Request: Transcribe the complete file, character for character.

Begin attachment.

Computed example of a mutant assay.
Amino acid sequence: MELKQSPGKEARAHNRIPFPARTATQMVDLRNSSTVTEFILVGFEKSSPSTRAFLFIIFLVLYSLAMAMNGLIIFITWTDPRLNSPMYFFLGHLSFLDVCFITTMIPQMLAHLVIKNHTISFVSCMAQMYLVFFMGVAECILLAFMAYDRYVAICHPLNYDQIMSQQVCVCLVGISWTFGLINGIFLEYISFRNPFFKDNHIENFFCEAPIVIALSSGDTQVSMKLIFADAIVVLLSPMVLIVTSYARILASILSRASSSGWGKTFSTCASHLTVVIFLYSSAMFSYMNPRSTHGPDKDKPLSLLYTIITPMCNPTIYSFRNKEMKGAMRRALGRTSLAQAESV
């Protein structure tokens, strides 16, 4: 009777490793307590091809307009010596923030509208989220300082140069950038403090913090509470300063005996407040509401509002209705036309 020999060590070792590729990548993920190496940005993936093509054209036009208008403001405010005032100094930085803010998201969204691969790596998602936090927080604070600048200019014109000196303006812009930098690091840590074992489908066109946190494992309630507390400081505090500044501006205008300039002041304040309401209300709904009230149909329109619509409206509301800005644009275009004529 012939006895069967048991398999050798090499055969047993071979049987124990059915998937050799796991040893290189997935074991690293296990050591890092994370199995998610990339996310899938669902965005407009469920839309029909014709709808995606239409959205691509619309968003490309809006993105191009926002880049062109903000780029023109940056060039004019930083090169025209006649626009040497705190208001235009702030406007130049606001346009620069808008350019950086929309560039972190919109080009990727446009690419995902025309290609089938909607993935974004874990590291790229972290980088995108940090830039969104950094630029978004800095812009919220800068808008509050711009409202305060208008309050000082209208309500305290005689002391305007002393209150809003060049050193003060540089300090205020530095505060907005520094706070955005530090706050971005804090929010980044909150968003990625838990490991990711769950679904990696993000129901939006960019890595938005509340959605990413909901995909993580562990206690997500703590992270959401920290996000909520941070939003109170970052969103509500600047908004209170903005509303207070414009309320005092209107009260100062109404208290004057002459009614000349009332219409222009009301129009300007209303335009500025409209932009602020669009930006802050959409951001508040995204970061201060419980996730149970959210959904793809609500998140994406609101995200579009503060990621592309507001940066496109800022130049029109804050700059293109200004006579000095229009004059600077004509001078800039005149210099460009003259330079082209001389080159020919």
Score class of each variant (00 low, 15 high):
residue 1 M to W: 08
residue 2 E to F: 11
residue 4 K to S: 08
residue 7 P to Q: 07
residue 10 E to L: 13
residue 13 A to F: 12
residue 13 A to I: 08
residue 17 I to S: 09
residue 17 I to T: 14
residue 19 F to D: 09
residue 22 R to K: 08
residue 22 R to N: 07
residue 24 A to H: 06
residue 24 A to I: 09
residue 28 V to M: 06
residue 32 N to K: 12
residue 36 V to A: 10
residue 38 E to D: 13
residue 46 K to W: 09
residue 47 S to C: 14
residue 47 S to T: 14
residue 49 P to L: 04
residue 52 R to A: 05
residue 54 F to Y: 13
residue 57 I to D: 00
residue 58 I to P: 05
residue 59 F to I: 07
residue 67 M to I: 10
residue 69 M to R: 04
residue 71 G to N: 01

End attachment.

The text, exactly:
Computed example of a mutant assay.
Amino acid sequence: MELKQSPGKEARAHNRIPFPARTATQMVDLRNSSTVTEFILVGFEKSSPSTRAFLFIIFLVLYSLAMAMNGLIIFITWTDPRLNSPMYFFLGHLSFLDVCFITTMIPQMLAHLVIKNHTISFVSCMAQMYLVFFMGVAECILLAFMAYDRYVAICHPLNYDQIMSQQVCVCLVGISWTFGLINGIFLEYISFRNPFFKDNHIENFFCEAPIVIALSSGDTQVSMKLIFADAIVVLLSPMVLIVTSYARILASILSRASSSGWGKTFSTCASHLTVVIFLYSSAMFSYMNPRSTHGPDKDKPLSLLYTIITPMCNPTIYSFRNKEMKGAMRRALGRTSLAQAESV
């Protein structure tokens, strides 16, 4: 009777490793307590091809307009010596923030509208989220300082140069950038403090913090509470300063005996407040509401509002209705036309 020999060590070792590729990548993920190496940005993936093509054209036009208008403001405010005032100094930085803010998201969204691969790596998602936090927080604070600048200019014109000196303006812009930098690091840590074992489908066109946190494992309630507390400081505090500044501006205008300039002041304040309401209300709904009230149909329109619509409206509301800005644009275009004529 012939006895069967048991398999050798090499055969047993071979049987124990059915998937050799796991040893290189997935074991690293296990050591890092994370199995998610990339996310899938669902965005407009469920839309029909014709709808995606239409959205691509619309968003490309809006993105191009926002880049062109903000780029023109940056060039004019930083090169025209006649626009040497705190208001235009702030406007130049606001346009620069808008350019950086929309560039972190919109080009990727446009690419995902025309290609089938909607993935974004874990590291790229972290980088995108940090830039969104950094630029978004800095812009919220800068808008509050711009409202305060208008309050000082209208309500305290005689002391305007002393209150809003060049050193003060540089300090205020530095505060907005520094706070955005530090706050971005804090929010980044909150968003990625838990490991990711769950679904990696993000129901939006960019890595938005509340959605990413909901995909993580562990206690997500703590992270959401920290996000909520941070939003109170970052969103509500600047908004209170903005509303207070414009309320005092209107009260100062109404208290004057002459009614000349009332219409222009009301129009300007209303335009500025409209932009602020669009930006802050959409951001508040995204970061201060419980996730149970959210959904793809609500998140994406609101995200579009503060990621592309507001940066496109800022130049029109804050700059293109200004006579000095229009004059600077004509001078800039005149210099460009003259330079082209001389080159020919």
Score class of each variant (00 low, 15 high):
residue 1 M to W: 08
residue 2 E to F: 11
residue 4 K to S: 08
residue 7 P to Q: 07
residue 10 E to L: 13
residue 13 A to F: 12
residue 13 A to I: 08
residue 17 I to S: 09
residue 17 I to T: 14
residue 19 F to D: 09
residue 22 R to K: 08
residue 22 R to N: 07
residue 24 A to H: 06
residue 24 A to I: 09
residue 28 V to M: 06
residue 32 N to K: 12
residue 36 V to A: 10
residue 38 E to D: 13
residue 46 K to W: 09
residue 47 S to C: 14
residue 47 S to T: 14
residue 49 P to L: 04
residue 52 R to A: 05
residue 54 F to Y: 13
residue 57 I to D: 00
residue 58 I to P: 05
residue 59 F to I: 07
residue 67 M to I: 10
residue 69 M to R: 04
residue 71 G to N: 01